Witchlets

Your children are not your children.
They are the sons and daughters of Life’s longing for itself.
They come through you but not from you.
And though they are with you, they belong not to you.
You may give them your love but not your thoughts.
For they have their own thoughts.
You may house their bodies but not their souls,
For their souls dwell in the house of tomorrow,
Which you cannot visit, not even in your dreams.
You may strive to be like them, but seek not to make them like you.
For life goes not backward nor tarries with yesterday.
You are the bows from which your children as living arrows are sent forth.
The archer sees the mark upon the path of the infinite.
And He bends you with His might that His arrows may go swift and far.
Let your bending in the archer’s hands be for happiness;
For even as He loves the arrow that flies,
So He loves the bow that is stable.
~Khalil Gibran

Once upon a time, a few years back, I participated in a classroom conversation about Wicca. Or rather, I should say, I watched others present and was there to help answer questions. When it came out that I was a mother, this immediately turned the student gaze towards me as they asked about how I was raising my child and what I would teach him to believe.

I was, admittedly, a little surprised by their curiousity. As the only active member in the group with a child, my voice on how to raise young children within this path wasn’t one that was particularly a hot topic of conversation! No one in the group had done it and no one was about to do it, so it just never came up. When I would look to my teachers for guidance, there wasn’t much they could offer other than encouraging me to remember that many of the teachings would be beyond what he could process at the time (let’s face it a 3 year isn’t going to sit in a traditional circle or understand invocation). I was encouraged to light candles with him to chart the moon’s course, but beyond that, I was left to my own devices.

When I turned online, I found the information so muddled and inconsistent that it didn’t feel much more helpful. There are no pagan youth groups in my area and even if there were, my practice commitments and beliefs were such that it wouldn’t have necessarily appealed. He was too young. I was too busy. We live in a multi-faith home. It didn’t feel natural.

But now that I practice alone and have to make extra effort to bring my practice to the forefront, AND my son is older, I see my practices seeping into his field of awareness.

Right now I am pulling a card a day, every morning after my meditation and movement practice, and it’s something that the little wants to do too. So he does and we talk about what the image makes him think about, what it represents to him. As he becomes more comfortable with the practice, I see his creativity in reading the symbolism of the cards take off.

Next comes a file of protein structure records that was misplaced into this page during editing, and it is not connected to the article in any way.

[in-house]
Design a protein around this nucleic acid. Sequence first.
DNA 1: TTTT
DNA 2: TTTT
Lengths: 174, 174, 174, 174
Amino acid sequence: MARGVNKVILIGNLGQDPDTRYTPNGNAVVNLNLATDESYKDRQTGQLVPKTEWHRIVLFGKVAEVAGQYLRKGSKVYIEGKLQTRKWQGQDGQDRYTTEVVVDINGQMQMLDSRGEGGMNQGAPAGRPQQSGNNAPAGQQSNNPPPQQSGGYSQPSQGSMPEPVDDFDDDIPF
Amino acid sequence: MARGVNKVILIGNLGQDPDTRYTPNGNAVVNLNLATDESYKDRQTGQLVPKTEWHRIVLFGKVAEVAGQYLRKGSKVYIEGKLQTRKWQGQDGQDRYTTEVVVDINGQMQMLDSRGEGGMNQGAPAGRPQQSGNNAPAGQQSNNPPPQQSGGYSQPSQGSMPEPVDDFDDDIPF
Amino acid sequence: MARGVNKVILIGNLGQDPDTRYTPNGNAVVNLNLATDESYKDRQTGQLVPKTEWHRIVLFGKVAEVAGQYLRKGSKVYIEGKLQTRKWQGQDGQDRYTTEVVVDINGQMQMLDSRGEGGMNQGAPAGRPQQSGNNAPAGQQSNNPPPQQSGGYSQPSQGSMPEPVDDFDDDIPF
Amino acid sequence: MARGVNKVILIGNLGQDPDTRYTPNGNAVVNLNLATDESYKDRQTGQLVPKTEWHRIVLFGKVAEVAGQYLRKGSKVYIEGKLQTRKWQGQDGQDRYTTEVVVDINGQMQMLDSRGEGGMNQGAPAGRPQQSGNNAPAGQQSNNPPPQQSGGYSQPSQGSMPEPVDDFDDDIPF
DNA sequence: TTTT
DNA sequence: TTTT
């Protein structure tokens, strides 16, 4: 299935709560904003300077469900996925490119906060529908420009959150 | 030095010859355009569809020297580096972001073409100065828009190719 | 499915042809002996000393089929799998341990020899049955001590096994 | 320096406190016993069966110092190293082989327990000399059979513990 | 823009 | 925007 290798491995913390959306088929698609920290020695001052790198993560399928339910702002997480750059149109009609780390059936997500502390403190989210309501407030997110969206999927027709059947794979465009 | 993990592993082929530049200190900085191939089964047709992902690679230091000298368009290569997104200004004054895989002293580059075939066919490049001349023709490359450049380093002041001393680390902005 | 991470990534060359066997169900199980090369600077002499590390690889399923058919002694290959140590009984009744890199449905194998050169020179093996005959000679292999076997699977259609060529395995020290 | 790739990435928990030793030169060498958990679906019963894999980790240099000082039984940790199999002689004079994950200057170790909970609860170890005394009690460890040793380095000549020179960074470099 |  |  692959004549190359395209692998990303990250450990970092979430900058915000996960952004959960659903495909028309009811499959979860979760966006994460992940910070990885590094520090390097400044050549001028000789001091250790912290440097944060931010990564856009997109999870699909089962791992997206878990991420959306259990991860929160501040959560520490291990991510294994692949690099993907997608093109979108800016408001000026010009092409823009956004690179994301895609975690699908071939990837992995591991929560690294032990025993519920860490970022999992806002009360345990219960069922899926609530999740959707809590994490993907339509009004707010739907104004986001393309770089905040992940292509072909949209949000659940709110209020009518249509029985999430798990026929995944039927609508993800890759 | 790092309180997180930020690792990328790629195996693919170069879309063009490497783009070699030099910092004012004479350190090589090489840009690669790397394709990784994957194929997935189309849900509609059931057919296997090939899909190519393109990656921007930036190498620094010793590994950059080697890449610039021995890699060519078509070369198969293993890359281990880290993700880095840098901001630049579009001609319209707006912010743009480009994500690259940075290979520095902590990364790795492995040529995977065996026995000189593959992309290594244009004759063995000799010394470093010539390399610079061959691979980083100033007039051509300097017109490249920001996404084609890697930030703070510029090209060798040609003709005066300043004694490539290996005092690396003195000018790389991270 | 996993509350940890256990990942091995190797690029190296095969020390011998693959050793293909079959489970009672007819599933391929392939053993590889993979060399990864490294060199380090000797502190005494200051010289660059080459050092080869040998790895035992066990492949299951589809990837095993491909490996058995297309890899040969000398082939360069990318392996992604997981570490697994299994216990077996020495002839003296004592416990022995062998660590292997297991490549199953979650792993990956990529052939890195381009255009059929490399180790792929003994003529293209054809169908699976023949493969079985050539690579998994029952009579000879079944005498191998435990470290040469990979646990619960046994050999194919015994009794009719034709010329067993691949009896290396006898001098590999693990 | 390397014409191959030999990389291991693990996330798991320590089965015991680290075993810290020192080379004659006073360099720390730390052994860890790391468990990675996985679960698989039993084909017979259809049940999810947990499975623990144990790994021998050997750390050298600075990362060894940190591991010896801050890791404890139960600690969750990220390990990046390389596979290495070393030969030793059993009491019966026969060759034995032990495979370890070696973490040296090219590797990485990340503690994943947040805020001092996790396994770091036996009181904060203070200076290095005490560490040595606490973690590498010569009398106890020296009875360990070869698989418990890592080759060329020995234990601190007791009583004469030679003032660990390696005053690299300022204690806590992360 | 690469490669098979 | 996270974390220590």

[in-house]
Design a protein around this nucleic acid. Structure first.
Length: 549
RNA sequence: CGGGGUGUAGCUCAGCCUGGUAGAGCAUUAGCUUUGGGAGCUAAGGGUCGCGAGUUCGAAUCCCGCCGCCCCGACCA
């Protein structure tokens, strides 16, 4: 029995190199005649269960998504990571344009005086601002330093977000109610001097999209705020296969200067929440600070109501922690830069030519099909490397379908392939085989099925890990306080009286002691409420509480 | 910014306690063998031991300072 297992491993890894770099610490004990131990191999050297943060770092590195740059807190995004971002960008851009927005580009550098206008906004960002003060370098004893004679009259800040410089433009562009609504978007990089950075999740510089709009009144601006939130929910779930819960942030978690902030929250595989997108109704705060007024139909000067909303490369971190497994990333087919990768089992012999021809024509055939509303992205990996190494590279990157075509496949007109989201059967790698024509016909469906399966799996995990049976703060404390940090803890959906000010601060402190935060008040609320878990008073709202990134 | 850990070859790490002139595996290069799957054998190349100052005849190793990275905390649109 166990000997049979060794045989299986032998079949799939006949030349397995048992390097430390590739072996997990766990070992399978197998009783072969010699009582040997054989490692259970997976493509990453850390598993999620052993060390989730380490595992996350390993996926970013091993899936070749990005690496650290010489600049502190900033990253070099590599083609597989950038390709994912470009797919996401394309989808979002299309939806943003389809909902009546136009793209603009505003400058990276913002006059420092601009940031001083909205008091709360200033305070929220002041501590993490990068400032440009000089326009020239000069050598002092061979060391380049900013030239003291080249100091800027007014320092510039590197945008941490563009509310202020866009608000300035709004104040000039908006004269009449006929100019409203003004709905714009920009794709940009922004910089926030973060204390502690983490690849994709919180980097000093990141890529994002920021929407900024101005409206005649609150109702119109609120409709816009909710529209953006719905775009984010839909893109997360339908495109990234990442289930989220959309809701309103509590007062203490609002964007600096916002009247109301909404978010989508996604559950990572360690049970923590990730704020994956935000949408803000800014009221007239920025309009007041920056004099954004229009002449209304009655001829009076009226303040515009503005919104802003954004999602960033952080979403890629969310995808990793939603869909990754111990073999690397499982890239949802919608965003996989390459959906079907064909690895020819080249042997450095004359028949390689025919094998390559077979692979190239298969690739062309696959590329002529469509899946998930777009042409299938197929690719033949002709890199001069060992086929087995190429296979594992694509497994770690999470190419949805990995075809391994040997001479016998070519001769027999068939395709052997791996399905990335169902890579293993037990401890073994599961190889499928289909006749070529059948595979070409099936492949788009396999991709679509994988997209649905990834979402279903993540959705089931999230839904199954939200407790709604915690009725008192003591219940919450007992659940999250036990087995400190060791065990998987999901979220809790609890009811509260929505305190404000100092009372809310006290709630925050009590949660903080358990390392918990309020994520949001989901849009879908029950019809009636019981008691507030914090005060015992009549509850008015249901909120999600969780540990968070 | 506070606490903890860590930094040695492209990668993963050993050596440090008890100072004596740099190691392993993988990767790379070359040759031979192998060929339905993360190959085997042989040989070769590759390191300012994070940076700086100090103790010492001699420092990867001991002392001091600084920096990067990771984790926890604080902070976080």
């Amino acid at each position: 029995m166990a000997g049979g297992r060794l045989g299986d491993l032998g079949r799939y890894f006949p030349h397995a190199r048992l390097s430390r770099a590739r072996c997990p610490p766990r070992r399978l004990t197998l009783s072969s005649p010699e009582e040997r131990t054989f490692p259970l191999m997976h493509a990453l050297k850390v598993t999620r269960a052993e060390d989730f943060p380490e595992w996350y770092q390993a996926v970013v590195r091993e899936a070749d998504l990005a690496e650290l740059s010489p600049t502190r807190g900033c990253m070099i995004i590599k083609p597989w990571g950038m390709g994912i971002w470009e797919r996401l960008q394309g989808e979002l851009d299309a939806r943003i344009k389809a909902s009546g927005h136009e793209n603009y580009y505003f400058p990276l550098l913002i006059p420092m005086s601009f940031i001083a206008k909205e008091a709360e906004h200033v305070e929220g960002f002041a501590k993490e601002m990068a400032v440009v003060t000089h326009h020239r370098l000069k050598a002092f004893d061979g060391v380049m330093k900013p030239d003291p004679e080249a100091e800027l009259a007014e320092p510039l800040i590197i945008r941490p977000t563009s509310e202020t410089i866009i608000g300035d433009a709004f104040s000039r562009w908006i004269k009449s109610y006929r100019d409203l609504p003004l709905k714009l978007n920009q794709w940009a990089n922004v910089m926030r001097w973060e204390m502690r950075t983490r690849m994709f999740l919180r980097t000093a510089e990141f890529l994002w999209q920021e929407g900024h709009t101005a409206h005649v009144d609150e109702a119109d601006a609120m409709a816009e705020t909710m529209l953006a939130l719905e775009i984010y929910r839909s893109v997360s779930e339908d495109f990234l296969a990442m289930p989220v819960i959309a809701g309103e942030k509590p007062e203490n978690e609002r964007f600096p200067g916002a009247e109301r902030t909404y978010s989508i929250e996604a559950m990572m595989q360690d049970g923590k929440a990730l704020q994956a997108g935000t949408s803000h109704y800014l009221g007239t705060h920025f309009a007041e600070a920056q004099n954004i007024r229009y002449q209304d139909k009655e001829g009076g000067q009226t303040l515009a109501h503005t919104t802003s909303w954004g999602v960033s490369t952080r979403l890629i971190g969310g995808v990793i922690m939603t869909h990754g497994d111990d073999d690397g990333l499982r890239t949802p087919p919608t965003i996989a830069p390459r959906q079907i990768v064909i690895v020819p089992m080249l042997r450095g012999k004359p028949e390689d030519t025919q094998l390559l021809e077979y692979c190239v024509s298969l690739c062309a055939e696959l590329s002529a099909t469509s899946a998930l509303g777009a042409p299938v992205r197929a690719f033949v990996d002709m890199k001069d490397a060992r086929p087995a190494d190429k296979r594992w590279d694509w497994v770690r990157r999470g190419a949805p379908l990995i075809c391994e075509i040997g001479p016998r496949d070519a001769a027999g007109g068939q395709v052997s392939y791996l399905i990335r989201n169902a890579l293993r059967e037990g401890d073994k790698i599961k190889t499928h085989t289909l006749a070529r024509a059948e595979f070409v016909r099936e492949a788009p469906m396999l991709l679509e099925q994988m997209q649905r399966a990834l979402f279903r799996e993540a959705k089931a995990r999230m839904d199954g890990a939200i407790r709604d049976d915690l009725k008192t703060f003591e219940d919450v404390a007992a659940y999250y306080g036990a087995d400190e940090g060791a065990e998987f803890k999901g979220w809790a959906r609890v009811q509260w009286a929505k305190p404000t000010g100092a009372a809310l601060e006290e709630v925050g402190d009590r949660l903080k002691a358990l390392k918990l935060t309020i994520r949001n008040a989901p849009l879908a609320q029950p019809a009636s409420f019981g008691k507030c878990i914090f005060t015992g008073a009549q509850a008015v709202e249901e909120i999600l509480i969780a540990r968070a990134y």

I try to patiently support him in this process, without denying or criticizing his interpretations because my goal is to give him the skills to read the cards intuitively while gradually layering on extra meanings and symbolisms.

For him it’s a fun game. For me it’s a way to teach him the tools of my craft in a safe, dynamic way. As he gets older, this becomes something that I am more able to do, more often. I’m not casting circles with him but I’m teaching him things like movement practice, growing plants, and divination light (0001 if you will), which feels amazing because it allows me to show him what I do in ways that respect his own path and where he’s at in his personal understanding and development.

When I think back to my answers in that classroom a few years ago, the thing that I said that I think surprised many of them the most was that I wanted him to grow up and find his own path; that I wasn’t forcing him to be pagan and ultimately my goal was for him to grow up and be a good person. Of course I’d love to have him walk the path with me, but as long as I am able to teach him the best of my tradition (the aspirations, mindfulness, and love) then the rest doesn’t really matter.

So as he sits with me to “play” tarot the goal isn’t to make him a card reader but rather, to spend time together snuggling and learning to listen to his intuition. What he does with that, well, that’s not up to me.

2 Comments

Leave a Reply

Fill in your details below or click an icon to log in:

WordPress.com Logo

You are commenting using your WordPress.com account. Log Out /  Change )

Google photo

You are commenting using your Google account. Log Out /  Change )

Twitter picture

You are commenting using your Twitter account. Log Out /  Change )

Facebook photo

You are commenting using your Facebook account. Log Out /  Change )

Connecting to %s

This site uses Akismet to reduce spam. Learn how your comment data is processed.